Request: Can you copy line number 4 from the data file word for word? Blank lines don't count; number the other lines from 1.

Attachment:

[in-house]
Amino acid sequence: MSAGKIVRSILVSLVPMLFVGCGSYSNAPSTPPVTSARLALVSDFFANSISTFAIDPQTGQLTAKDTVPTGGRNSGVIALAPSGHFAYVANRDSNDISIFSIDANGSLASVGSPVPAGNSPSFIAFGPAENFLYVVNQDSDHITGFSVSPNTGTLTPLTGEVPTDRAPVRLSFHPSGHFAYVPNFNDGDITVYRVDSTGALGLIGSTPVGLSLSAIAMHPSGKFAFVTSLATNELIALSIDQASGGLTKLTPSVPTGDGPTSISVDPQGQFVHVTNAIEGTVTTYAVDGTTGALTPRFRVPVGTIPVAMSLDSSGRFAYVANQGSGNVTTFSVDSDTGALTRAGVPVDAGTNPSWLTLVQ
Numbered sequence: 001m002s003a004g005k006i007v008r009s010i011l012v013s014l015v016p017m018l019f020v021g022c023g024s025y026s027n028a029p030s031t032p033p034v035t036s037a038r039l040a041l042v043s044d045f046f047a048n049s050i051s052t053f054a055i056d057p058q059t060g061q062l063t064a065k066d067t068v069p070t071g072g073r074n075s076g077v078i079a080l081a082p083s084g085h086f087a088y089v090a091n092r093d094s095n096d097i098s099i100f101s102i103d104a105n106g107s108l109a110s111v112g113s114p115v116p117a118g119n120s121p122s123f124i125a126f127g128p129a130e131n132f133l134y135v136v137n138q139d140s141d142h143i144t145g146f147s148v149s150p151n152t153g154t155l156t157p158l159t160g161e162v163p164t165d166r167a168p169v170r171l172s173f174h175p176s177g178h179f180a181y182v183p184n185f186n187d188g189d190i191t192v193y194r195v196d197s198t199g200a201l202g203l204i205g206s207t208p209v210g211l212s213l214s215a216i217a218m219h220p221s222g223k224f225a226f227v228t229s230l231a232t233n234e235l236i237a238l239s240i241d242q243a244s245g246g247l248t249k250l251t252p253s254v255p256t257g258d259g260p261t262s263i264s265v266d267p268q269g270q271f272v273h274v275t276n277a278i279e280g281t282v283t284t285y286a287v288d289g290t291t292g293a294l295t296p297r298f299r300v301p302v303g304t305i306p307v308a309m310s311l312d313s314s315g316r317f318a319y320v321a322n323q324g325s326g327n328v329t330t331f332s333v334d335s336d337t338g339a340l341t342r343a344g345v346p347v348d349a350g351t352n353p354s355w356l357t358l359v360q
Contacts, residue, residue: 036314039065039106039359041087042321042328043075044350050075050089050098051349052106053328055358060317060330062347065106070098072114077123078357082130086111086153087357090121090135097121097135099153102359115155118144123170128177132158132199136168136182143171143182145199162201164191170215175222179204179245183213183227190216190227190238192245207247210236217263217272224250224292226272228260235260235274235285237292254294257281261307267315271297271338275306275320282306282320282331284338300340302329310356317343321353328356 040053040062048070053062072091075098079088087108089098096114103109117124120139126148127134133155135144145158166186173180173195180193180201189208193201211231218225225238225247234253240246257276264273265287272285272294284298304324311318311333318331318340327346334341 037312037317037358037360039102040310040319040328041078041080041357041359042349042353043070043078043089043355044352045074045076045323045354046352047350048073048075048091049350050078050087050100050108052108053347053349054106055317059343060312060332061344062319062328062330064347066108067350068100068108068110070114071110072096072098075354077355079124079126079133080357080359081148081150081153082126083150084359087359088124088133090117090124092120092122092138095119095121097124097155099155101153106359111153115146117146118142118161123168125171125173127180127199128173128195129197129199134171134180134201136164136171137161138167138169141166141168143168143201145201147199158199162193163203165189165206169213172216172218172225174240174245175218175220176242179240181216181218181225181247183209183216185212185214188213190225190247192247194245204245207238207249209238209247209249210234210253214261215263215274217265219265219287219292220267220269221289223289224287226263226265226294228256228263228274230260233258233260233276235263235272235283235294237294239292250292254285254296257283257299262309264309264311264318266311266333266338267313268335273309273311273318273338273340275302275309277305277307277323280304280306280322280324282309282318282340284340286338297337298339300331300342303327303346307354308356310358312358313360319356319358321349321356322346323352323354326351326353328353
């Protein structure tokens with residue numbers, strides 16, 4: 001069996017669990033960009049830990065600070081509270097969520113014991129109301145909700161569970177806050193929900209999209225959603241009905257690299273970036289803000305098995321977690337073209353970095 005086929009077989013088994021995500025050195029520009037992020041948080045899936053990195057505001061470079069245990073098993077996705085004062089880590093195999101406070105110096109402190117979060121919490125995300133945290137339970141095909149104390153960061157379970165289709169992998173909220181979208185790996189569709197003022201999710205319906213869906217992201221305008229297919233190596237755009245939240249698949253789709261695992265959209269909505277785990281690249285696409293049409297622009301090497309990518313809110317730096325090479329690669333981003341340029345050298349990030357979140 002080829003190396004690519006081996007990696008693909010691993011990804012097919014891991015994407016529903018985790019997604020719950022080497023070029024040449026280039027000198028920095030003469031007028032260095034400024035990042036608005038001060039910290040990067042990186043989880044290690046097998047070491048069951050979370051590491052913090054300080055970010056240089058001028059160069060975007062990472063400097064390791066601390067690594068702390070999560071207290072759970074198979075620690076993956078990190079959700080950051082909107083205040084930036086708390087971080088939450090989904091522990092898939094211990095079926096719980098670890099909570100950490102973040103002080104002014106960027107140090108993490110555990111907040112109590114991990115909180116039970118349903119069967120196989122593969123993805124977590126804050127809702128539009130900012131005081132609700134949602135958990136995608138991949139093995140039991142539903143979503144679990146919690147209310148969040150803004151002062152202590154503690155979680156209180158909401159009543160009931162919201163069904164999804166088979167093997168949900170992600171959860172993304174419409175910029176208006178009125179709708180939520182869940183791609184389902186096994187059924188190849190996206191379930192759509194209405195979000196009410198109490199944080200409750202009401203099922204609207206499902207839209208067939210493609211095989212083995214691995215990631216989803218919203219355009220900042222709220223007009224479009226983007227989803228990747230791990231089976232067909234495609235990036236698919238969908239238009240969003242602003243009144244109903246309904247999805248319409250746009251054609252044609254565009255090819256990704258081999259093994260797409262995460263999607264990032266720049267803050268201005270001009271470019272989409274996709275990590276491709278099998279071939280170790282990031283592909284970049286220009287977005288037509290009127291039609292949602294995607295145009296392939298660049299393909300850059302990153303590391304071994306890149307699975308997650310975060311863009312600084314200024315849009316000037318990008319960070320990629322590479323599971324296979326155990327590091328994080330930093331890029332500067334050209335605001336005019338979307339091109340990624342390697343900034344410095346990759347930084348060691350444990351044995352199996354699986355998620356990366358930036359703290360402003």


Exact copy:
Contacts, residue, residue: 036314039065039106039359041087042321042328043075044350050075050089050098051349052106053328055358060317060330062347065106070098072114077123078357082130086111086153087357090121090135097121097135099153102359115155118144123170128177132158132199136168136182143171143182145199162201164191170215175222179204179245183213183227190216190227190238192245207247210236217263217272224250224292226272228260235260235274235285237292254294257281261307267315271297271338275306275320282306282320282331284338300340302329310356317343321353328356 040053040062048070053062072091075098079088087108089098096114103109117124120139126148127134133155135144145158166186173180173195180193180201189208193201211231218225225238225247234253240246257276264273265287272285272294284298304324311318311333318331318340327346334341 037312037317037358037360039102040310040319040328041078041080041357041359042349042353043070043078043089043355044352045074045076045323045354046352047350048073048075048091049350050078050087050100050108052108053347053349054106055317059343060312060332061344062319062328062330064347066108067350068100068108068110070114071110072096072098075354077355079124079126079133080357080359081148081150081153082126083150084359087359088124088133090117090124092120092122092138095119095121097124097155099155101153106359111153115146117146118142118161123168125171125173127180127199128173128195129197129199134171134180134201136164136171137161138167138169141166141168143168143201145201147199158199162193163203165189165206169213172216172218172225174240174245175218175220176242179240181216181218181225181247183209183216185212185214188213190225190247192247194245204245207238207249209238209247209249210234210253214261215263215274217265219265219287219292220267220269221289223289224287226263226265226294228256228263228274230260233258233260233276235263235272235283235294237294239292250292254285254296257283257299262309264309264311264318266311266333266338267313268335273309273311273318273338273340275302275309277305277307277323280304280306280322280324282309282318282340284340286338297337298339300331300342303327303346307354308356310358312358313360319356319358321349321356322346323352323354326351326353328353